Email updates

Keep up to date with the latest news and content from Neural Development and BioMed Central.

Open Access Highly Accessed Open Badges Research article

The long noncoding RNA Six3OS acts in trans to regulate retinal development by modulating Six3 activity

Nicole A Rapicavoli12, Erin M Poth1, Heng Zhu3 and Seth Blackshaw1*

Author Affiliations

1 Department of Neuroscience, Neurology and Ophthalmology, Center for High-Throughput Biology and Institute for Cell Engineering, Johns Hopkins University School of Medicine, 733 N. Broadway Avenue, Baltimore, MD 21287, USA

2 Howard Hughes Medical Institute and Program in Epithelial Biology, Department of Dermatology, Stanford University School of Medicine, Stanford, CA 94305, USA

3 Department of Pharmacology and Center for High-Throughput Biology, Johns Hopkins University School of Medicine, 733 N. Broadway Avenue, Baltimore, MD 21287, USA

For all author emails, please log on.

Neural Development 2011, 6:32  doi:10.1186/1749-8104-6-32

Published: 21 September 2011



Thousands of different long non-coding RNAs are expressed during embryonic development, but the function of these molecules remains largely unexplored.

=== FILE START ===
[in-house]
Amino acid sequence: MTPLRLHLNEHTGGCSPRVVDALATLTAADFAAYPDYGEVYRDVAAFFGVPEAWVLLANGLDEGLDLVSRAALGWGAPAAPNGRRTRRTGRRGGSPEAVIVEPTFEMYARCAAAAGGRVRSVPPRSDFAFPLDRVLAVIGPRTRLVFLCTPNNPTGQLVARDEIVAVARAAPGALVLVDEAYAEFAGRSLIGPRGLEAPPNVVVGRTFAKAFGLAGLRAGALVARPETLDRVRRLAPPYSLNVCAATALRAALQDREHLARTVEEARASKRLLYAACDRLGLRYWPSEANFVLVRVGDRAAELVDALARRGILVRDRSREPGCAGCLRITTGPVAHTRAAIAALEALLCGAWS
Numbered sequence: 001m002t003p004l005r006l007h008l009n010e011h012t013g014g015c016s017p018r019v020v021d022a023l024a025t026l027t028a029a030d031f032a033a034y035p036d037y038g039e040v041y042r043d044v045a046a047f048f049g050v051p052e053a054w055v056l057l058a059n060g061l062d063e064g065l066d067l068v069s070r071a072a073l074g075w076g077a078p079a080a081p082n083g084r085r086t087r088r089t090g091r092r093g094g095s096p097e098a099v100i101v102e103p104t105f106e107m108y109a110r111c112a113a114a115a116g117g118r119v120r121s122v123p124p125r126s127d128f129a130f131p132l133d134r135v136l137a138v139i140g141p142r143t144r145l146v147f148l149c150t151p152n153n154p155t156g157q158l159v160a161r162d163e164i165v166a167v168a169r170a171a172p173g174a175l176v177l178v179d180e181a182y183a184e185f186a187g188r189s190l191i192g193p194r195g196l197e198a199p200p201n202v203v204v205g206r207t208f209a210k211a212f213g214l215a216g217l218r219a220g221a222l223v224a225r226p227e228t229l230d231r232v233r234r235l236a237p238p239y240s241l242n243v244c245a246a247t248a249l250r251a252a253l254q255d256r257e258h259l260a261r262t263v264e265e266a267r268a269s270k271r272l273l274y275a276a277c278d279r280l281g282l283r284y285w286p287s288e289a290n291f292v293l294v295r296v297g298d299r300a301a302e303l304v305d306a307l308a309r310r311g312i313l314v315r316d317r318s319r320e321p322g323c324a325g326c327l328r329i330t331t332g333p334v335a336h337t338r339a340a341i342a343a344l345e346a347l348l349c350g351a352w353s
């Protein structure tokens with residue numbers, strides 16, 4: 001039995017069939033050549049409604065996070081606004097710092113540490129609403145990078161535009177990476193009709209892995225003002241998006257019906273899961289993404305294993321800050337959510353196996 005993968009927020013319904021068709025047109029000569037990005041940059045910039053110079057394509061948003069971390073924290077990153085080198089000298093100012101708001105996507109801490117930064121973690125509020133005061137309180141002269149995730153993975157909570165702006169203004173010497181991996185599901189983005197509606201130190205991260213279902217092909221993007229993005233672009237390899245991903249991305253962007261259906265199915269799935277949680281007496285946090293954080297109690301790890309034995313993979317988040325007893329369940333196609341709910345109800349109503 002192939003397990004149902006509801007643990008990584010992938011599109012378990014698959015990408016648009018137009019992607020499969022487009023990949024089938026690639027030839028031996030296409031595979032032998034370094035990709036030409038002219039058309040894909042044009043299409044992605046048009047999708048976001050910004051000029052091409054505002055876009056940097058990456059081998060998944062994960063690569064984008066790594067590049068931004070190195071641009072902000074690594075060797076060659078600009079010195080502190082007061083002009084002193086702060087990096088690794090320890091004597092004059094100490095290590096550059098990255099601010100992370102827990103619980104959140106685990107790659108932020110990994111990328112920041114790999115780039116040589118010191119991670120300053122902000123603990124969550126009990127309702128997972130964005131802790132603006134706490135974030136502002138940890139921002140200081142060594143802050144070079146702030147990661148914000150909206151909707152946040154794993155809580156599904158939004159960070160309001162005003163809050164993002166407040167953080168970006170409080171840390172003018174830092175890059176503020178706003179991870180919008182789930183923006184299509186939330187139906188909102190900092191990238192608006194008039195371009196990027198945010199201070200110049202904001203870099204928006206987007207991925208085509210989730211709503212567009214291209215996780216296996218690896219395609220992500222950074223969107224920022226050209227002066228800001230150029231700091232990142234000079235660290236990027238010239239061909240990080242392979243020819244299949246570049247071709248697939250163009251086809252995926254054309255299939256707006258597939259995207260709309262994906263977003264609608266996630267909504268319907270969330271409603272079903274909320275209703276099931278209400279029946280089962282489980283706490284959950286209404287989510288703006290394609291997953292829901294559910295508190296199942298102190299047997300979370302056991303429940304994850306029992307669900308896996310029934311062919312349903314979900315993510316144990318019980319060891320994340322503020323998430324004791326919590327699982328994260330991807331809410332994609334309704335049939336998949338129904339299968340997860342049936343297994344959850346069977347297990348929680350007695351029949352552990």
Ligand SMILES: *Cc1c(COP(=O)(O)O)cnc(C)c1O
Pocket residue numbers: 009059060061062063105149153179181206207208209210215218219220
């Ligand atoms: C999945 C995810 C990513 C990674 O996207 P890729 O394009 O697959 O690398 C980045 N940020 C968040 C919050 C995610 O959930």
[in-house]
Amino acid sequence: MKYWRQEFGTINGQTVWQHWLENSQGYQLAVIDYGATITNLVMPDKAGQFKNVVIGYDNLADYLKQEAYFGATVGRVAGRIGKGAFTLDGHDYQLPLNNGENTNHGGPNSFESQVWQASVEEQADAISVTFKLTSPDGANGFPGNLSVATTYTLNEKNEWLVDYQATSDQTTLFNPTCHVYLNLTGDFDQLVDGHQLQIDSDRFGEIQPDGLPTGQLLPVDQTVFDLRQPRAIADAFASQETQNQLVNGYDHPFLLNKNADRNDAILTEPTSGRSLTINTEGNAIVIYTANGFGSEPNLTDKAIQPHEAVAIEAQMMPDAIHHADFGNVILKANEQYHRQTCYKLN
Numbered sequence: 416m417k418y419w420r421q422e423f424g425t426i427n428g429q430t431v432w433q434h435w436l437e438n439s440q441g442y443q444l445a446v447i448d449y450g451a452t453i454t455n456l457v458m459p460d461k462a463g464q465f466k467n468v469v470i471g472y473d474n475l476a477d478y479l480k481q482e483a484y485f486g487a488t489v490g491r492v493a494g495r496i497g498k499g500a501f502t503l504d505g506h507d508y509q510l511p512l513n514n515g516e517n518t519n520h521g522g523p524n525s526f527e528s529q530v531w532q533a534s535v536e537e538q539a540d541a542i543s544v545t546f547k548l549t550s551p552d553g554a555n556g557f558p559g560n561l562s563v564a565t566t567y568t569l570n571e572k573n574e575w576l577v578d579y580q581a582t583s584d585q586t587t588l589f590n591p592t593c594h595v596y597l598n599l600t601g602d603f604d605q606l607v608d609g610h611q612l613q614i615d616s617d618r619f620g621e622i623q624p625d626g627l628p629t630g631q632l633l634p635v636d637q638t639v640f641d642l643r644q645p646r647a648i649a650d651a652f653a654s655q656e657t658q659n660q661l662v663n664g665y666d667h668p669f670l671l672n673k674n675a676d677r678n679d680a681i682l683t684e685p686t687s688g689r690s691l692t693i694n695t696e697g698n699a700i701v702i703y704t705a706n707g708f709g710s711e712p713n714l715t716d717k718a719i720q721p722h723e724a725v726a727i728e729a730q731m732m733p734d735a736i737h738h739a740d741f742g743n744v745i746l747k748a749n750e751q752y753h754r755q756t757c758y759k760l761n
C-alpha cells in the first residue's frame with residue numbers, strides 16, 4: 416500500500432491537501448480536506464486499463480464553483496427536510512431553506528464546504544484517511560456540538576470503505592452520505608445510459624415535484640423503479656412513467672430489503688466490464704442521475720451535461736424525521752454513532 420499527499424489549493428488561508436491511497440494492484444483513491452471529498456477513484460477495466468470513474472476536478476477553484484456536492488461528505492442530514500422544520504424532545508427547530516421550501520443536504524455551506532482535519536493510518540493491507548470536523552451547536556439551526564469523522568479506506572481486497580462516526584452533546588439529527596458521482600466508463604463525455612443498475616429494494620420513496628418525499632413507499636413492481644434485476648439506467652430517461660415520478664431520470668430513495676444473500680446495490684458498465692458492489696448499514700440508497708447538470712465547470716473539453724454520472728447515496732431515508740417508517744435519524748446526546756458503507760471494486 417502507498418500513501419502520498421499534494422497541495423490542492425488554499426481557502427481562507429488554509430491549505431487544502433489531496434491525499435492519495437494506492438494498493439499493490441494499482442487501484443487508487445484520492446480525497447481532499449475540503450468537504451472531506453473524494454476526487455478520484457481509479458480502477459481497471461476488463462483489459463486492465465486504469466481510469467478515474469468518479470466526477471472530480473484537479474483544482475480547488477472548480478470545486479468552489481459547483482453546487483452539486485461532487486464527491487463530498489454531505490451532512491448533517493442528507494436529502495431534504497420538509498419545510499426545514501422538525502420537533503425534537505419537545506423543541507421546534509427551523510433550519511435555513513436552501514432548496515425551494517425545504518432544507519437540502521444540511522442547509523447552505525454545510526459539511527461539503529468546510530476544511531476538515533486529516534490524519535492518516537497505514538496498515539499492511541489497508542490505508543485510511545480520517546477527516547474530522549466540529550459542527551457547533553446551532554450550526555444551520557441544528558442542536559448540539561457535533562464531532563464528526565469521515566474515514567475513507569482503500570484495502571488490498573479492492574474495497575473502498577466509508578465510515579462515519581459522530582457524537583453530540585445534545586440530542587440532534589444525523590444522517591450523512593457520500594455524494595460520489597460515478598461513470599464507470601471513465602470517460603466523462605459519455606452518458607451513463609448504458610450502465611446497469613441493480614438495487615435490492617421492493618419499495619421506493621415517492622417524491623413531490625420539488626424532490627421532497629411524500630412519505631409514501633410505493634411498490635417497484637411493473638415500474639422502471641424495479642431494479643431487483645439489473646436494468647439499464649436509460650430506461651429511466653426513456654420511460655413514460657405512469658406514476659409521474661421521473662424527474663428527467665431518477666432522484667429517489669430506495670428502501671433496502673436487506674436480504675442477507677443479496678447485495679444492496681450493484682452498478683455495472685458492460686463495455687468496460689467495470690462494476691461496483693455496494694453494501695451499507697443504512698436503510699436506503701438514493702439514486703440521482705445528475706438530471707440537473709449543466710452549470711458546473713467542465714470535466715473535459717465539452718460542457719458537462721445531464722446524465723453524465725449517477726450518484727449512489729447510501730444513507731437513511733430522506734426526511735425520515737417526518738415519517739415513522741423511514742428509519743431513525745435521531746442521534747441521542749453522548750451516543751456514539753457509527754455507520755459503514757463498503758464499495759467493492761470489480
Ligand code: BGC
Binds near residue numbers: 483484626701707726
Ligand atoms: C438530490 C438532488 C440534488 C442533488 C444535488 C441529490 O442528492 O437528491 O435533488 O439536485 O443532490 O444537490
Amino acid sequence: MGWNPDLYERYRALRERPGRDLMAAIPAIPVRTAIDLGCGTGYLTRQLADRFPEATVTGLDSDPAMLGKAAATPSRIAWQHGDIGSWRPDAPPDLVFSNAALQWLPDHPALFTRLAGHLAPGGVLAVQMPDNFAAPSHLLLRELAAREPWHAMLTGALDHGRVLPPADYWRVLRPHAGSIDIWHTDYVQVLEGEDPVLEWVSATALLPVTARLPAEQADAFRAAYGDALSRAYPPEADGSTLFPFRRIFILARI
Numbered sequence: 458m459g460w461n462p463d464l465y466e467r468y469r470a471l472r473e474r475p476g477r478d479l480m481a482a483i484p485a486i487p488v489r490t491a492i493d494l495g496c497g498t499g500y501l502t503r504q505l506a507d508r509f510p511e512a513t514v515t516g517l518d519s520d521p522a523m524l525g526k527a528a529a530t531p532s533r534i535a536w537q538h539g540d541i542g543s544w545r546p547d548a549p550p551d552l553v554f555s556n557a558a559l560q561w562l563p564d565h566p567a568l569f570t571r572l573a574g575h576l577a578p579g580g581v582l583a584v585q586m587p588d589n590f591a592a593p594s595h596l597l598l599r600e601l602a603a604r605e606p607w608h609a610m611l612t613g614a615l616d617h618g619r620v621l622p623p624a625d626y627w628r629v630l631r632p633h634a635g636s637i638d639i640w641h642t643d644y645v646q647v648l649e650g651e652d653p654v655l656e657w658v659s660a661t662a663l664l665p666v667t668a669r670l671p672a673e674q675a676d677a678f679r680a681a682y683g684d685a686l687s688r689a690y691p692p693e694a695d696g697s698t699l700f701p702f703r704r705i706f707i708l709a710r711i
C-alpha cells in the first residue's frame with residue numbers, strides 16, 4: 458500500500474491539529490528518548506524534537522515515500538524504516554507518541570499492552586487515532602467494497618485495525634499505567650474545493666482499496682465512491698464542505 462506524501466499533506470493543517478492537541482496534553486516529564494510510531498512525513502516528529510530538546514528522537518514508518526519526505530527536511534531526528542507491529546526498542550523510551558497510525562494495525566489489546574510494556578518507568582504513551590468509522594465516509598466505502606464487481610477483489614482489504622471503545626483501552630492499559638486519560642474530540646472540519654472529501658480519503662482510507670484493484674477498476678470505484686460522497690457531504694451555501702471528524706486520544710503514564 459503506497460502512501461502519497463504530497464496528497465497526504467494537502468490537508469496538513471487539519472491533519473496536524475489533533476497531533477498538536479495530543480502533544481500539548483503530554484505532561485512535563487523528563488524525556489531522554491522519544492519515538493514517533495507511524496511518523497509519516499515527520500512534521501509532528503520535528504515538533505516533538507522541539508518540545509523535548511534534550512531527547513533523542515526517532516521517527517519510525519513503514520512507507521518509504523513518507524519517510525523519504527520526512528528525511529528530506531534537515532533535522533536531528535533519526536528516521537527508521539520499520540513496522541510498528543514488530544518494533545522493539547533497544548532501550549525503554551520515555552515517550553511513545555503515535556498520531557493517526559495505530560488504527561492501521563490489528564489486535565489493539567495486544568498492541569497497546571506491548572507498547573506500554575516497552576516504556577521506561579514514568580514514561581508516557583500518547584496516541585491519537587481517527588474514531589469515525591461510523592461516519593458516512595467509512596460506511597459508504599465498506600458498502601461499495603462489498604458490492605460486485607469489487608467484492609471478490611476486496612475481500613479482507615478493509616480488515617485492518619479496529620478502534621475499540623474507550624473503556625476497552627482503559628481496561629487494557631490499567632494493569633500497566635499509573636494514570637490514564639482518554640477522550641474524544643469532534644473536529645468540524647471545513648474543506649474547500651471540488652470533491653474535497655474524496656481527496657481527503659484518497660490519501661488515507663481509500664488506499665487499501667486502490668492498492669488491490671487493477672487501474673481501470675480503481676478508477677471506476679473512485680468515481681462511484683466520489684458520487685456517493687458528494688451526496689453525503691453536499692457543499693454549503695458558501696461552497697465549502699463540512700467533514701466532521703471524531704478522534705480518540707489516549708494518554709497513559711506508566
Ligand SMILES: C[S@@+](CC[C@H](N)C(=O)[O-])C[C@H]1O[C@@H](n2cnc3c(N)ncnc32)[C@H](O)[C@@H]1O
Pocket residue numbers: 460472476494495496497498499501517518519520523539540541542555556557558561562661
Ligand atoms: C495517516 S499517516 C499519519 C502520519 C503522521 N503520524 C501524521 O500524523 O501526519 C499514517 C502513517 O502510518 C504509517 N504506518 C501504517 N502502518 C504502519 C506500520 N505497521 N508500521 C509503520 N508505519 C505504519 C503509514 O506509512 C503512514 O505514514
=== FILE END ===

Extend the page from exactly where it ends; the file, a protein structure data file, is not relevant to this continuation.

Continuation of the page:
Here we characterize the expression and function of Six3OS, a long non-coding RNA that is transcribed from the distal promoter region of the gene encoding the homeodomain transcription factor Six3. Overexpression and knockdown analysis of Six3OS reveals that it plays an essential role in regulating retinal cell specification. We further observe that Six3OS regulates Six3 activity in developing retina, but does not do so by modulating Six3 expression. Finally, we show that Six3OS binds directly to Ezh2 and Eya family members, indicating that Six3OS can act as a molecular scaffold to recruit histone modification enzymes to Six3 target genes.


Our findings demonstrate a novel mechanism by which promoter-associated long non-coding RNAs can modulate the activity of their associated protein coding genes, and highlight the importance of this diverse class of molecules in the control of neural development.